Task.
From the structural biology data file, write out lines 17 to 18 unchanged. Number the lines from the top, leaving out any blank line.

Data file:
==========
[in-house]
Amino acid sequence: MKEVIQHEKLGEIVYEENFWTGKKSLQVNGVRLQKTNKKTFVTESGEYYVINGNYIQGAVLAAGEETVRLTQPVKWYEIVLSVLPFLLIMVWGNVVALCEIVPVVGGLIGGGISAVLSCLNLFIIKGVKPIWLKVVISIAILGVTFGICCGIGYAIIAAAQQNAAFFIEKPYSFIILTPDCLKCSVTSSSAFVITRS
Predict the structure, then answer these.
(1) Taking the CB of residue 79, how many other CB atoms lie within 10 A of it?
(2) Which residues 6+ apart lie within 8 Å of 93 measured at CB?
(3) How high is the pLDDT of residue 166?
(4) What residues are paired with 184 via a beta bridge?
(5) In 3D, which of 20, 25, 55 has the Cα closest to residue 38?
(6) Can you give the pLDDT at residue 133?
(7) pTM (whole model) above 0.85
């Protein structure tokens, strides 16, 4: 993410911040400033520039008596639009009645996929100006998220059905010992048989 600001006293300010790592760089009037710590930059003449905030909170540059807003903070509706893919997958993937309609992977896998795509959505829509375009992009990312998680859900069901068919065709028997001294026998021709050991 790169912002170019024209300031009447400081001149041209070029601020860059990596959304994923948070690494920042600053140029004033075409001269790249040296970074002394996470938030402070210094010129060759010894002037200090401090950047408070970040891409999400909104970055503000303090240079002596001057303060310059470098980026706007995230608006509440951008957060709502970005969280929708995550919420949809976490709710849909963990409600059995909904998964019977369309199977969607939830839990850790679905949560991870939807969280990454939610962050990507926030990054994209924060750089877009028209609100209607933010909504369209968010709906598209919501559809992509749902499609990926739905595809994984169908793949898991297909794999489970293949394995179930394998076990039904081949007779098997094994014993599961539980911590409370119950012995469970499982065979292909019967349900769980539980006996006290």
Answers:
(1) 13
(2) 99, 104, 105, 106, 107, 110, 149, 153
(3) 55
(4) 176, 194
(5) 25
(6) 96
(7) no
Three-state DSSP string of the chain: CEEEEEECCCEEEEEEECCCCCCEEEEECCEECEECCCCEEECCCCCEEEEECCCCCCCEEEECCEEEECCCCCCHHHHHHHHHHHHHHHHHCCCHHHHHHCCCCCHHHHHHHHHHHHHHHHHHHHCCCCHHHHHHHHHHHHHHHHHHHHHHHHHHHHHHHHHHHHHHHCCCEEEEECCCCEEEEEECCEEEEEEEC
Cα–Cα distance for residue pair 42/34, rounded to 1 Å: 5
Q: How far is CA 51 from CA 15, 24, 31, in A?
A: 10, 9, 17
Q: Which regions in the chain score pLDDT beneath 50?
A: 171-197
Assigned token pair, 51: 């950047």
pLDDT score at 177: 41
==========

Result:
(5) 25
(6) 96